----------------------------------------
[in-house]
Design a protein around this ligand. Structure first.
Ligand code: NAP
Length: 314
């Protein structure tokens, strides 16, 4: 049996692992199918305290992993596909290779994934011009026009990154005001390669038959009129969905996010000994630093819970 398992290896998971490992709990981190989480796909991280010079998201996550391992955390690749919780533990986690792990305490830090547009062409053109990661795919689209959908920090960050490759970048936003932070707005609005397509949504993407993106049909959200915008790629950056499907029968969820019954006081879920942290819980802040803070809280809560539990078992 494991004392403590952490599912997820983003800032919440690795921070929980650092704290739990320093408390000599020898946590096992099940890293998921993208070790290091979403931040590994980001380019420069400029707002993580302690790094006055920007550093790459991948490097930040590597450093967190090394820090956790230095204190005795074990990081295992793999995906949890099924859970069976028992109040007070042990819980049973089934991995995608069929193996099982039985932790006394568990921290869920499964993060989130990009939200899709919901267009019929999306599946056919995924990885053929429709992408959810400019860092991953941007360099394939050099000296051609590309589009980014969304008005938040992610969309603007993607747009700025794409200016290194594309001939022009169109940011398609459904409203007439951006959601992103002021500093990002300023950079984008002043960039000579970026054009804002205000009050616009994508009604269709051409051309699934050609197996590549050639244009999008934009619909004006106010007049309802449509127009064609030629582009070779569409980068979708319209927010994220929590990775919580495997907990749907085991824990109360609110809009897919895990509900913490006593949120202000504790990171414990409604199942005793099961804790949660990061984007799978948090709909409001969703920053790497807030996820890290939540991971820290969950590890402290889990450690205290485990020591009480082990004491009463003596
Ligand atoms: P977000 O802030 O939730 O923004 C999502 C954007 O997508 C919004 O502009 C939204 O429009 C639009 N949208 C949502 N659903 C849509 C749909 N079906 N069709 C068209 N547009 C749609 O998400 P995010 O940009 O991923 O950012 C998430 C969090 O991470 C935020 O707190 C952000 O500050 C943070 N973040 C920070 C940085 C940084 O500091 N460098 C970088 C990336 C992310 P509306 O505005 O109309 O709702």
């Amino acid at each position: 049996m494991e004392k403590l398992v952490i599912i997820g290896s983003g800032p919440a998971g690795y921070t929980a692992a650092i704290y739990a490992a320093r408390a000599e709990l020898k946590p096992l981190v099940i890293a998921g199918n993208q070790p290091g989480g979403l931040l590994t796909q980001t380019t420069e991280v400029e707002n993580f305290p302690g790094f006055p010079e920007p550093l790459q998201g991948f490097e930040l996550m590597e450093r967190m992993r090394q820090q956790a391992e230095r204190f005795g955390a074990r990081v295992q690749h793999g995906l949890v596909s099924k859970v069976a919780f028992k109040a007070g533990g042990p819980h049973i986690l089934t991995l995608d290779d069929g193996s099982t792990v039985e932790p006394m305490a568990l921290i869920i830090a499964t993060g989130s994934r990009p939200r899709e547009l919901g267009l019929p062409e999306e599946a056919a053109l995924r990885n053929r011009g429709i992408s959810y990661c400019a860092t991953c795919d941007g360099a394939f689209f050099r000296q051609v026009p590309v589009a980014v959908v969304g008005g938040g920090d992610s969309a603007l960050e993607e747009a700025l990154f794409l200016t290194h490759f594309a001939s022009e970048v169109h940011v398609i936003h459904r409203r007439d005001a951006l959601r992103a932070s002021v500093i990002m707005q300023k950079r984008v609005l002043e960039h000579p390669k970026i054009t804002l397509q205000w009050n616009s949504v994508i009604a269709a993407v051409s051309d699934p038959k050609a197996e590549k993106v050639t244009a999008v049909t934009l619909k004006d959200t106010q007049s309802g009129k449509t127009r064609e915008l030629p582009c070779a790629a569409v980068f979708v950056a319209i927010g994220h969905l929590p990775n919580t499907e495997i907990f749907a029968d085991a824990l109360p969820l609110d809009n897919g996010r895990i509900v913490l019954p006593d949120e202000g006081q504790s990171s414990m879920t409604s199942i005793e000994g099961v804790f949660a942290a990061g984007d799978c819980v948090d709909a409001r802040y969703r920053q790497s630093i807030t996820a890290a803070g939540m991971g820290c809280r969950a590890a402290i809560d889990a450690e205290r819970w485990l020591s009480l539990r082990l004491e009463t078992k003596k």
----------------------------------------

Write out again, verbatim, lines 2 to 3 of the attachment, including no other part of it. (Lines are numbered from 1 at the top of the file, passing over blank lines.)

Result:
Design a protein around this ligand. Structure first.
Ligand code: NAP